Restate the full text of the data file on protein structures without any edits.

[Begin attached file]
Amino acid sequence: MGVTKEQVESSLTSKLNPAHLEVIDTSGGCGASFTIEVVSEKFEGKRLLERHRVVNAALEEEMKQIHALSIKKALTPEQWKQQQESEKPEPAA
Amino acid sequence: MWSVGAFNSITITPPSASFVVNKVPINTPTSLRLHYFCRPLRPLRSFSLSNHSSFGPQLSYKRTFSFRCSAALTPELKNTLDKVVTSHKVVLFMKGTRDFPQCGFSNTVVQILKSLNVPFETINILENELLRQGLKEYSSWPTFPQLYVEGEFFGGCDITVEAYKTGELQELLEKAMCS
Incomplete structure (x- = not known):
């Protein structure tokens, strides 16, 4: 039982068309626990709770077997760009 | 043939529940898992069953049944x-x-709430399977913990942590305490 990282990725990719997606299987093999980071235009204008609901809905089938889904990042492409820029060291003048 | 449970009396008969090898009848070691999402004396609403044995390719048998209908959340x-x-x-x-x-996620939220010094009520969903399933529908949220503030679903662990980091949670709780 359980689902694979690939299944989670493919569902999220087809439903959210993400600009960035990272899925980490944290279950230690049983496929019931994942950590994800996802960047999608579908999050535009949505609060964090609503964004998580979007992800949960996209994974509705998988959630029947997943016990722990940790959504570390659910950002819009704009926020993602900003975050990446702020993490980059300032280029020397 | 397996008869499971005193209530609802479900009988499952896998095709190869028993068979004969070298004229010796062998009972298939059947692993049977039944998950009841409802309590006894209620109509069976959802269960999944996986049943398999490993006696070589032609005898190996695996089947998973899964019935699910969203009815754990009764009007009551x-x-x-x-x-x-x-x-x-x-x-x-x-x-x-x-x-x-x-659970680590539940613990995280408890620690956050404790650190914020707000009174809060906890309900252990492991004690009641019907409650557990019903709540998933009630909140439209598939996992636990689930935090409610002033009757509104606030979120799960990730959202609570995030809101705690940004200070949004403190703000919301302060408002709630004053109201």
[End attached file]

Amino acid sequence: MGVTKEQVESSLTSKLNPAHLEVIDTSGGCGASFTIEVVSEKFEGKRLLERHRVVNAALEEEMKQIHALSIKKALTPEQWKQQQESEKPEPAA
Amino acid sequence: MWSVGAFNSITITPPSASFVVNKVPINTPTSLRLHYFCRPLRPLRSFSLSNHSSFGPQLSYKRTFSFRCSAALTPELKNTLDKVVTSHKVVLFMKGTRDFPQCGFSNTVVQILKSLNVPFETINILENELLRQGLKEYSSWPTFPQLYVEGEFFGGCDITVEAYKTGELQELLEKAMCS
Incomplete structure (x- = not known):
């Protein structure tokens, strides 16, 4: 039982068309626990709770077997760009 | 043939529940898992069953049944x-x-709430399977913990942590305490 990282990725990719997606299987093999980071235009204008609901809905089938889904990042492409820029060291003048 | 449970009396008969090898009848070691999402004396609403044995390719048998209908959340x-x-x-x-x-996620939220010094009520969903399933529908949220503030679903662990980091949670709780 359980689902694979690939299944989670493919569902999220087809439903959210993400600009960035990272899925980490944290279950230690049983496929019931994942950590994800996802960047999608579908999050535009949505609060964090609503964004998580979007992800949960996209994974509705998988959630029947997943016990722990940790959504570390659910950002819009704009926020993602900003975050990446702020993490980059300032280029020397 | 397996008869499971005193209530609802479900009988499952896998095709190869028993068979004969070298004229010796062998009972298939059947692993049977039944998950009841409802309590006894209620109509069976959802269960999944996986049943398999490993006696070589032609005898190996695996089947998973899964019935699910969203009815754990009764009007009551x-x-x-x-x-x-x-x-x-x-x-x-x-x-x-x-x-x-x-659970680590539940613990995280408890620690956050404790650190914020707000009174809060906890309900252990492991004690009641019907409650557990019903709540998933009630909140439209598939996992636990689930935090409610002033009757509104606030979120799960990730959202609570995030809101705690940004200070949004403190703000919301302060408002709630004053109201």